It isn’t easy being brave when you feel as though your words are mere dandelion puffs scattered by the slightest of breezes. But, if there is anything that I have learned over the course of my thirty years hanging out with children it is this…….they have ideas that have value and they are worthy of respect from the adults in their world. I am not just referring to the Greta Thunbergs and Alexandria Villasenors of the world, either. Children, everywhere, have beliefs that are valid. They wish for safety and friendship and love and clean water and good food to eat and share together. Children espouse many of the core values that we, as adults, sometimes forget about, as we busy ourselves with things that often don’t matter. We exist on a planet where many adults strive for material gain and personal power. None of that will matter when our world burns beneath our feet. We will all be equally powerless when extreme climate disasters strike. Our money will not help us when the end is about to come and, as the old song says, “All we are is dust in the wind.” If only the adults would listen to the voices of our children.
Getting adults in positions of power to listen to the voices of children is why the School Strike for Climate movement is holding Global Strikes tomorrow (September 20) and next Friday (September 27) in cities all around the world. My daughter, Leah, and I will be attending the march being held in Toronto on the 27th. Greta Thunberg will be leading the march in Montreal that same day. She is marching with Alexandria Villasenor in NYC tomorrow. Tens of thousands of children and adults are expected to march for a better future for our planet and for us. Please feel free to find out more about these marches and about our Climate emergency by clicking on the link www.fridaysforfuture.org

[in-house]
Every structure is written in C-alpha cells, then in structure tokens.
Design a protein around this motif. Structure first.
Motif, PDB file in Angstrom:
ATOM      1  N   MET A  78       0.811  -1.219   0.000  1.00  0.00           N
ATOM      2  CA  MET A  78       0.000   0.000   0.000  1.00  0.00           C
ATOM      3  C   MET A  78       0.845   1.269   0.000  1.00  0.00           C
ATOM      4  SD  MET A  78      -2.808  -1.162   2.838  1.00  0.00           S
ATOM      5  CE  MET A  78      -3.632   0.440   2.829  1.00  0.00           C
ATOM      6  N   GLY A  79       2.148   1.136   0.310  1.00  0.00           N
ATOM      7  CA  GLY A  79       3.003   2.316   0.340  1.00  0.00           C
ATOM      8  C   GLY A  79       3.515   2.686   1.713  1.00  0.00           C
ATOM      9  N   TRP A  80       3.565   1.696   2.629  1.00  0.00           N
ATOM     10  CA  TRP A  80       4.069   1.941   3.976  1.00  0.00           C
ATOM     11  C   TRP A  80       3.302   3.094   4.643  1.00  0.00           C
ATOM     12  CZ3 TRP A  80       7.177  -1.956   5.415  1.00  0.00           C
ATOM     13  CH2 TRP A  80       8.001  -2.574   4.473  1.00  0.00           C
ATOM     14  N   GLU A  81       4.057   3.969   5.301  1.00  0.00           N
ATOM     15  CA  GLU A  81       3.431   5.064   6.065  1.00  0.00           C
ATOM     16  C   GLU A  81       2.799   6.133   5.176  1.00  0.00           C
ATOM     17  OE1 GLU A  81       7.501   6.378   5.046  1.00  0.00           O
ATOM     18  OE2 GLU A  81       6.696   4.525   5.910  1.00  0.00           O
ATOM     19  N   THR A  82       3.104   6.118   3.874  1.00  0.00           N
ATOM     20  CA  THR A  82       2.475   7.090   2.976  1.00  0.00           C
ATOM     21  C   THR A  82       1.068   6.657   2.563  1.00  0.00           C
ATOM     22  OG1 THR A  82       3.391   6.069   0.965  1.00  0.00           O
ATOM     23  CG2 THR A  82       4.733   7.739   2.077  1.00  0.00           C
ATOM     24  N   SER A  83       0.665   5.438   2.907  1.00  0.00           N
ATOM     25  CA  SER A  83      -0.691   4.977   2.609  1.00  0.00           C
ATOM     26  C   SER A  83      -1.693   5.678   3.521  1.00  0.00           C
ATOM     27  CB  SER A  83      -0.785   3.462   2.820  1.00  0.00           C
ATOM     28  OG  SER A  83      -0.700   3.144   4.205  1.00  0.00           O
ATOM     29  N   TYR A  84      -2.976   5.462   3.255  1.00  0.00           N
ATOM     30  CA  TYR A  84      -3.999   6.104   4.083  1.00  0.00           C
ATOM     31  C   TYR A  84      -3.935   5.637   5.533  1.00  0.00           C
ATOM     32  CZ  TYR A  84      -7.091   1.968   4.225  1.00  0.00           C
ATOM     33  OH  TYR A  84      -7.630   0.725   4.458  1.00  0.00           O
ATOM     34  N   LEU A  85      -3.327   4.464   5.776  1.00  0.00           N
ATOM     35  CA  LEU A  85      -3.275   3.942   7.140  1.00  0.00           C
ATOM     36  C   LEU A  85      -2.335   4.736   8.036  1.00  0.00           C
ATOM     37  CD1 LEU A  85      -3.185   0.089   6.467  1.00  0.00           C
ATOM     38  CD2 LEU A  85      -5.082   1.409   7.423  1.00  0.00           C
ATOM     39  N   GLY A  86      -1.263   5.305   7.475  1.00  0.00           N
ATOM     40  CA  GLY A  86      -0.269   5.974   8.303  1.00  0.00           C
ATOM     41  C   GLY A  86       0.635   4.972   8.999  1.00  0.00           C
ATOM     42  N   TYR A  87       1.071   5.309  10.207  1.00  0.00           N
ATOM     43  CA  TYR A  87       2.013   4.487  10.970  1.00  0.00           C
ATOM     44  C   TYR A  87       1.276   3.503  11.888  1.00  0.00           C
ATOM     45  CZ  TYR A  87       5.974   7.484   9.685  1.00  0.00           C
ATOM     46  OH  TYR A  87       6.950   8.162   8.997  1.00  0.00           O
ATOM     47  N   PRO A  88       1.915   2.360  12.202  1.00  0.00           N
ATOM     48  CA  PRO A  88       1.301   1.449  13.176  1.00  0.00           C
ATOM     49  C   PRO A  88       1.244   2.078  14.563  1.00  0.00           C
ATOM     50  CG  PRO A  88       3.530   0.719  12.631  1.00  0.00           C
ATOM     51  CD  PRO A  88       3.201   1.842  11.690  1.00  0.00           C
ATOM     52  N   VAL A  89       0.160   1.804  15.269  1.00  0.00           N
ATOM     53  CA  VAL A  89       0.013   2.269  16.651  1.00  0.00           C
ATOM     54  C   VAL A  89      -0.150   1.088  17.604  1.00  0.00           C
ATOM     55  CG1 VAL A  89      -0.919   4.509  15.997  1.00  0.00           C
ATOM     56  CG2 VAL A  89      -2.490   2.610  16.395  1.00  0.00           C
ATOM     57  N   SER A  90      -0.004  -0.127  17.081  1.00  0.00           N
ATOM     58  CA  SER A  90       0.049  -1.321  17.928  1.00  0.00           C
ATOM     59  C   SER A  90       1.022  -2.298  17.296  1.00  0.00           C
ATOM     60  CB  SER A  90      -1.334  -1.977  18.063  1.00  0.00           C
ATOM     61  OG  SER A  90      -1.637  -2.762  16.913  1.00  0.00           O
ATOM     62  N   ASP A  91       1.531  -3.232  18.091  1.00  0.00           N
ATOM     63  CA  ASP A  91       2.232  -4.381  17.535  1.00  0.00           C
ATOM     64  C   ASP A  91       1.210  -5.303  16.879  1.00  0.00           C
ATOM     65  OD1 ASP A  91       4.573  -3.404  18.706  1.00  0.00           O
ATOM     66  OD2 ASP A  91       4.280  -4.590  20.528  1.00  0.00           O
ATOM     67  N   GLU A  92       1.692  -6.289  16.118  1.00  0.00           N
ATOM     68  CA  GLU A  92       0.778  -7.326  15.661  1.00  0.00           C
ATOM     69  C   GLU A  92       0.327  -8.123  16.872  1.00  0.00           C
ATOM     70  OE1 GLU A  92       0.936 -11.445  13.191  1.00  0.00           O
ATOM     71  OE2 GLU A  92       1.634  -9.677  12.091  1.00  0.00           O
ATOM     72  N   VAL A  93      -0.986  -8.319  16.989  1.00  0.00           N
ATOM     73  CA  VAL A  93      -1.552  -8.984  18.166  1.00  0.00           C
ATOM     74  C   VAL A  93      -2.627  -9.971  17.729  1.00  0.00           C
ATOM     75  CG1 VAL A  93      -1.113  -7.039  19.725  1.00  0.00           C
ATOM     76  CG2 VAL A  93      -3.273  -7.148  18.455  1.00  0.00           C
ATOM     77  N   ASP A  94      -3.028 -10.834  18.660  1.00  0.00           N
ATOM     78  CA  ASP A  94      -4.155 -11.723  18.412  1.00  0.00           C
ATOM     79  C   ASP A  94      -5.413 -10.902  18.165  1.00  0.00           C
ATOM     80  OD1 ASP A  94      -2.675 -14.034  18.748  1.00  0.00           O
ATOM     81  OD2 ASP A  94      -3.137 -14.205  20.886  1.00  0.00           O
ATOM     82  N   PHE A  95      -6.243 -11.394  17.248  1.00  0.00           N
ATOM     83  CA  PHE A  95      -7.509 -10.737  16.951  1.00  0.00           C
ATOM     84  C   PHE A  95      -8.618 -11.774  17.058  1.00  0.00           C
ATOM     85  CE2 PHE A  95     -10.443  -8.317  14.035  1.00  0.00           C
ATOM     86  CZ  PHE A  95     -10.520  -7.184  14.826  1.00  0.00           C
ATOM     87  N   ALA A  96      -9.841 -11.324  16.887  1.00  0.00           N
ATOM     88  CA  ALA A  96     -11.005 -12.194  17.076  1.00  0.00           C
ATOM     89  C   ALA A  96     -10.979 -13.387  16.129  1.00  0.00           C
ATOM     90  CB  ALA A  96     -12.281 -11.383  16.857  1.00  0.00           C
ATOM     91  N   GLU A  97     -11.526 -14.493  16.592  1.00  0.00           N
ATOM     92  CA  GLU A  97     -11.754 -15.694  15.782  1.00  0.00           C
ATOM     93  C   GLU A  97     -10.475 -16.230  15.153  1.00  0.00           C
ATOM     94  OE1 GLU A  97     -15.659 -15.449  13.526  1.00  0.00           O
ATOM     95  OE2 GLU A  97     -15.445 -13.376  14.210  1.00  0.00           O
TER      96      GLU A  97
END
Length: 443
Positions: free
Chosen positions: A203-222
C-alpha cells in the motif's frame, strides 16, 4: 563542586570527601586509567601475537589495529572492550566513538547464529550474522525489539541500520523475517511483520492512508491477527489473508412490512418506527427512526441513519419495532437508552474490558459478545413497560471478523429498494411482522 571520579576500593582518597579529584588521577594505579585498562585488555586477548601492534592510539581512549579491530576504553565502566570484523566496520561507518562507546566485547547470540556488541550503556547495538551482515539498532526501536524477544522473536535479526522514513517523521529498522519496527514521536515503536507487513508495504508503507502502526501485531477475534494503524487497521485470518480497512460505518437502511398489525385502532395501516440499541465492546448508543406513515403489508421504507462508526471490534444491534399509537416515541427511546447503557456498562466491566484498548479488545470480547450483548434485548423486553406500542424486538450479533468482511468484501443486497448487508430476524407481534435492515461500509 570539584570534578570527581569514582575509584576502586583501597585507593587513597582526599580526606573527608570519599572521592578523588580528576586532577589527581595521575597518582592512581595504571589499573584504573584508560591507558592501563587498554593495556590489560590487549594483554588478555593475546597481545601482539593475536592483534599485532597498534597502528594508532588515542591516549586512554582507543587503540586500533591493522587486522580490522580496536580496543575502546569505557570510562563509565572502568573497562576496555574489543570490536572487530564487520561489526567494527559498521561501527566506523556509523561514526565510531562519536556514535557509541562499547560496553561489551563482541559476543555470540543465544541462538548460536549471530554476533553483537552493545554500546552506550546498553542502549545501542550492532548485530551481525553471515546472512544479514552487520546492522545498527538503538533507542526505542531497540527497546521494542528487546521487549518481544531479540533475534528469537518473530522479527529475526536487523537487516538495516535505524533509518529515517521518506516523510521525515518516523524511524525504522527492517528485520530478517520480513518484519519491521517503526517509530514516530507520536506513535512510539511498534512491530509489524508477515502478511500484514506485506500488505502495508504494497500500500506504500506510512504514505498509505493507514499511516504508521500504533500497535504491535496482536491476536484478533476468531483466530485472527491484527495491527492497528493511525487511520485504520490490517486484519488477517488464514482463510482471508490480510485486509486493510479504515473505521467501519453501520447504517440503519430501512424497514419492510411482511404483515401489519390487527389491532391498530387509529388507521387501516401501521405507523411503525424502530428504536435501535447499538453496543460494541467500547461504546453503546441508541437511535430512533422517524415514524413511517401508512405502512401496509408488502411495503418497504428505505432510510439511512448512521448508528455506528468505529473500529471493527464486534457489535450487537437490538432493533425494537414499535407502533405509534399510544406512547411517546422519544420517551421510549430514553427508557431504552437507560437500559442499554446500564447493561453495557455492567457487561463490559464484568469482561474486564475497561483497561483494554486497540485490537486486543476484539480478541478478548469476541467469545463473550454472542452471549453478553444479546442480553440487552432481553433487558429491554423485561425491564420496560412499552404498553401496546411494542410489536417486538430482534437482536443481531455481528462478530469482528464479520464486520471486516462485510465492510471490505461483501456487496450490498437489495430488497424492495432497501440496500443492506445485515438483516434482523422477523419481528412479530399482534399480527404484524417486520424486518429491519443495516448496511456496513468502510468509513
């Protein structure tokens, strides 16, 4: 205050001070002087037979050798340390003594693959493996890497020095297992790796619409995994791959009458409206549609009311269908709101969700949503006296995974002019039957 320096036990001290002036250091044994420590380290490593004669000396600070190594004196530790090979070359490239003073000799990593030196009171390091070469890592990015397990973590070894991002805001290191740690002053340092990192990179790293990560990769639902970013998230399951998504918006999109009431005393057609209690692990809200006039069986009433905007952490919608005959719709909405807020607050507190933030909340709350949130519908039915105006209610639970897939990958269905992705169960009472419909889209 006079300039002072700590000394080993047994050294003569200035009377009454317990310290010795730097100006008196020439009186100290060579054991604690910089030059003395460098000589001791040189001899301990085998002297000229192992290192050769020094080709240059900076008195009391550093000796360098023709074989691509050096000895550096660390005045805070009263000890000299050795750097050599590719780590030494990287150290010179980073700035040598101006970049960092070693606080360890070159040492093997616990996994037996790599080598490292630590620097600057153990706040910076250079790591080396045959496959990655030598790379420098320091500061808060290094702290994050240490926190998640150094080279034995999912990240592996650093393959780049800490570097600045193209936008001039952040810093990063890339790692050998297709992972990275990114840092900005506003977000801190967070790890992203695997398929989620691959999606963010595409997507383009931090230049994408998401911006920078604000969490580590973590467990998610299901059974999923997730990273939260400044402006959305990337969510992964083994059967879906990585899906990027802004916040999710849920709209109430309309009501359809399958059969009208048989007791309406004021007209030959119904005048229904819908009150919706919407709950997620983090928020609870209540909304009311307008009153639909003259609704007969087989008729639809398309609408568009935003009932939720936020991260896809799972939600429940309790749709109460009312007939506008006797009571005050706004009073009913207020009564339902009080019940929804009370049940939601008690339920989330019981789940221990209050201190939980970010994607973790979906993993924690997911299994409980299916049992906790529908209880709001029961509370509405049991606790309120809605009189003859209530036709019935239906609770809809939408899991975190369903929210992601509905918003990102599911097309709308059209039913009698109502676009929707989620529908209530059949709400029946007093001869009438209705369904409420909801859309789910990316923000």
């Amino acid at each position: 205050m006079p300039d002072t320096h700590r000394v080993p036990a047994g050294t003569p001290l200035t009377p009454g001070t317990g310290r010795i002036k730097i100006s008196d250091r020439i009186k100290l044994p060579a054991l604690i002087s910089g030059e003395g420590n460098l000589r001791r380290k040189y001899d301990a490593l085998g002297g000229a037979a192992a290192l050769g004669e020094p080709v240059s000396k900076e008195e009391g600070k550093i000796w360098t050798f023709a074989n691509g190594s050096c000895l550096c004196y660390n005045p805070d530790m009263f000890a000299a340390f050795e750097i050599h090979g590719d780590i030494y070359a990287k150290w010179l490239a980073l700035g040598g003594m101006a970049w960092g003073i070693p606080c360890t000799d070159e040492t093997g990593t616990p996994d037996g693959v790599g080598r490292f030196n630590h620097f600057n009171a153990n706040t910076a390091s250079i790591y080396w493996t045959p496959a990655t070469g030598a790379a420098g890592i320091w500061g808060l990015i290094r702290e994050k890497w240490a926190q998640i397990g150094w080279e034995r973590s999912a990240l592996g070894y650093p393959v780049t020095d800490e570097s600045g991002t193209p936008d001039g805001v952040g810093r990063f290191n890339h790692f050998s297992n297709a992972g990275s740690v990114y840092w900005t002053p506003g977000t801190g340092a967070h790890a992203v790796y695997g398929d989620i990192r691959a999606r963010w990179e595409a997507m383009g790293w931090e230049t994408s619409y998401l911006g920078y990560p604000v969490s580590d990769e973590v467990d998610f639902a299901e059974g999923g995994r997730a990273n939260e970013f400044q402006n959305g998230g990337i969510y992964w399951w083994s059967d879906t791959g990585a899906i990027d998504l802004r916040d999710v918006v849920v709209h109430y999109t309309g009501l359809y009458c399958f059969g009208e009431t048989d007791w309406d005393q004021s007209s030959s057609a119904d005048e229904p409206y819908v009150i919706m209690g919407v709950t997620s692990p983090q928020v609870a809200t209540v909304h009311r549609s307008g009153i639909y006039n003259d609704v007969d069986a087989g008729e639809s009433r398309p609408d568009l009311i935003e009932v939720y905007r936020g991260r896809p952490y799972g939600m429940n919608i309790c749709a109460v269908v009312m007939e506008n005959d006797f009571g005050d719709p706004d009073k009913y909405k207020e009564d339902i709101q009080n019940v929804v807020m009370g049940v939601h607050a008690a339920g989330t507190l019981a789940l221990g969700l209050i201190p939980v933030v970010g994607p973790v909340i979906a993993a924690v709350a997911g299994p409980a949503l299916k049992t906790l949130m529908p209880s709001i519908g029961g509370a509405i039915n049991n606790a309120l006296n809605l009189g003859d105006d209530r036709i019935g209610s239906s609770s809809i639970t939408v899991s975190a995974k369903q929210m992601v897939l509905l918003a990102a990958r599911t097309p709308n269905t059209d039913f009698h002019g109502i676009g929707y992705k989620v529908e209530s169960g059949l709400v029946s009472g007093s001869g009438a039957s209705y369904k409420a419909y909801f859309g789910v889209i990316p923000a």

We ignore the quiet ones at our peril. Those of us who are comfortable living, for the most part, within the confines of our own minds, still have a role to play on society’s stage. We don’t all have to lead the march, as the Greta Thunberg’s of the world do but, by lending our presence to the unfolding drama, we give strength to our message and allow our voices to carry. It is easy for some of us to exist, unnoticed. But, there are times when it is too important to remain quiet. The world needs us to all to speak up. Being quiet is no longer an option……even for folks like me.
***Author’s note: I am super-excited to publish this particular post today because it was created in partnership with a former student of mine, Erin Cutler. Waaaaay back in the day, Erin was a sweet, young girl in our Grade 2 class in Bowmanville, Ontario. Erin was always a hard worker and a good friend to others. But, what I always remember about her is the relationship we struck up because of an in-class activity called Journal writing. In her journal book, I would ask Erin to write a letter to me about anything she wanted to talk about and then, I would write back. On the surface, this was an exercise in writing and reading for the child. But, the deeper benefit is that it allowed a private conversation to take place, parallel to what everyone else saw in public. Whenever I wrote back to a student, I always tried to incorporate an illustration to accompany my words. Erin really liked that aspect of our journal conversations and, over time, began responding back with her own Art to go along with her questions and stories. Well, I am happy to report that Erin has grown up to be a lovely young lady who makes her living through Art. Erin specifically created two pieces of original Art for this post; the first is what I call Portrait of Greta and the second is A Choir of Concern. I am humbled beyond measure to have Erin’s great work adorning my words on this post. She is terrific in all regards. Thank you, Erin, for your hard work for this post. Hopefully, we can do this again sometime.